Notice the gaps between importance and effectiveness in the Scientific & Technical role. With the exception of Analytical Thinking and Business Acumen, where there is some room for improvement, MSLs are largely proficient in these competencies. In other words, while MSLs may want to work on their Analytical Thinking and Business Acumen somewhat, these are not the roles where MSLs should spend much of their limited development time.
Now note the Relationship Manager role. For the most part, these results resemble those of the Scientific & Technical Expert. MSLs could be better at Proactivity and with developing solutions to our stakeholders’ challenges, but on the whole, MSLs are effective at relationship management. As with the Scientific & Technical Expert, this area is not where MSLs should allocate substantial portions of their limited development time.
Finally, note the Excellent Communicator role. Again, this is the role where MSLs use their interpersonal and communication skills to create value for stakeholders. As indicate by the survey data, this is the role that managers feel is most important in terms of driving business success today. However, note the heights of the grey bars: this is also where MSL managers feel MSLs are the least effective. Being an Excellent Communicator is the most critical role in terms of helping pharmaceutical companies succeed, and yet this is where MSLs have the greatest room for improvement.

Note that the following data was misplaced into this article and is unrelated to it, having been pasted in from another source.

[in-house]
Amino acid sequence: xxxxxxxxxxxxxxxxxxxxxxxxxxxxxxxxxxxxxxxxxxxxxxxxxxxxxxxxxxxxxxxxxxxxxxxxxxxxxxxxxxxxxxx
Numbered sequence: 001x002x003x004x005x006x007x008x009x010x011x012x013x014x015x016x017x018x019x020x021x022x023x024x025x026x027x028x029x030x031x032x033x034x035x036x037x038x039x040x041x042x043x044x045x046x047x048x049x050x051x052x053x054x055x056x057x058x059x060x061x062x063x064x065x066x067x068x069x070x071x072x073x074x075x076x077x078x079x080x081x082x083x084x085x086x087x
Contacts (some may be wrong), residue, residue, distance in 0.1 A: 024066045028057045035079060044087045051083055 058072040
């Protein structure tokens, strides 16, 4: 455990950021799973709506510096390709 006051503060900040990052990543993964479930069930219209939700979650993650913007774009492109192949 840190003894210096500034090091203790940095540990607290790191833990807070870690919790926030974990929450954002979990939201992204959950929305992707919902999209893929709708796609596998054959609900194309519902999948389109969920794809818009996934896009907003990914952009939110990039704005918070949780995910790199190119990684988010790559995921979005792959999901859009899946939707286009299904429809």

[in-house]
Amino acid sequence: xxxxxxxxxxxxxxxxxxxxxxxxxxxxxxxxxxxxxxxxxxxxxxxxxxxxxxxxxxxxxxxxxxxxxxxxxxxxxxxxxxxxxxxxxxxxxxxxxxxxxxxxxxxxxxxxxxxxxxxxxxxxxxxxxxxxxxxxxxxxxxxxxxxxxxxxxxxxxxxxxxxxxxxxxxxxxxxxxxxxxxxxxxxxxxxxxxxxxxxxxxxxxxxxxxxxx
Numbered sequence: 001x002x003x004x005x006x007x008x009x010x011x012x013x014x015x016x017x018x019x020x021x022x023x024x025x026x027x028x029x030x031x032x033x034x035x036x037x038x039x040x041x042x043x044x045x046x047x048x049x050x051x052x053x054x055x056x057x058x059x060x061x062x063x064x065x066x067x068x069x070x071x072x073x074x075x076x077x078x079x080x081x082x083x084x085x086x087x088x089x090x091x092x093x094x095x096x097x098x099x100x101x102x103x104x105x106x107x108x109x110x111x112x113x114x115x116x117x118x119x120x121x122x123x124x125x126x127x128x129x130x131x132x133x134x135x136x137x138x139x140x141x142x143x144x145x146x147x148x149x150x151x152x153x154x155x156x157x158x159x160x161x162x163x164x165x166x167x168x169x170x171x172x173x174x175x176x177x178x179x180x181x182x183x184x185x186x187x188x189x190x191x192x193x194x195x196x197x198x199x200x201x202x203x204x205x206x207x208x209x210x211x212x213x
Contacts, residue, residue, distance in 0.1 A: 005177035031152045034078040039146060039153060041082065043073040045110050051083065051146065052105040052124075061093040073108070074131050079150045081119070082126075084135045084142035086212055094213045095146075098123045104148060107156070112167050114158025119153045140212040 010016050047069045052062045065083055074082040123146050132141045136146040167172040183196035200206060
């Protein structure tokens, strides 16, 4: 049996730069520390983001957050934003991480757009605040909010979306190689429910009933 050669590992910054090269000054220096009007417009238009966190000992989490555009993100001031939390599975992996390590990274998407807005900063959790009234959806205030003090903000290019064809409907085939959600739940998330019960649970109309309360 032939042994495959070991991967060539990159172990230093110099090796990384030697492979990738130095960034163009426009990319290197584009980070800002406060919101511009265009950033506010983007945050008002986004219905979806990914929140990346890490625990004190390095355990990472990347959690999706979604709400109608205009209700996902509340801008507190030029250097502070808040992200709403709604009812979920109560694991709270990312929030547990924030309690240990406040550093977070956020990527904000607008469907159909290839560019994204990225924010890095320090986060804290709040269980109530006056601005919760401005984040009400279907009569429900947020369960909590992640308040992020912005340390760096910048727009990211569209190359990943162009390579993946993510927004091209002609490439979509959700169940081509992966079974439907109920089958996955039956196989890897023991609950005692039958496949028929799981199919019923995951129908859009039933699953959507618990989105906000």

What does an Excellent Communicator do exactly?
The below definitions for each of the competencies that relate to the Excellent Communicator role. Here are several important aspects:
- Communication Clarity: Excellent Communicators do not simply use language that everyone can understand; they tailor their communications for the right audience.
- Building Partnerships: Excellent Communicators build creative and diverse networks. And because they are good listeners, they “activate” these networks, capturing rich and valuable information.
- Value Demonstration: Excellent Communicators are effective at not only communicating the value they create for others, but also in continually identifying new sources of value for stakeholders.
- Influencing/Persuasion: Excellent Communicators understand what motivates others, and they use this knowledge to help stakeholders appreciate their point of view.
- Emotional Intelligence: Excellent Communicators are attuned to social and psychological cues. They use this information not only to know what to say, but also to determine when and how to say it.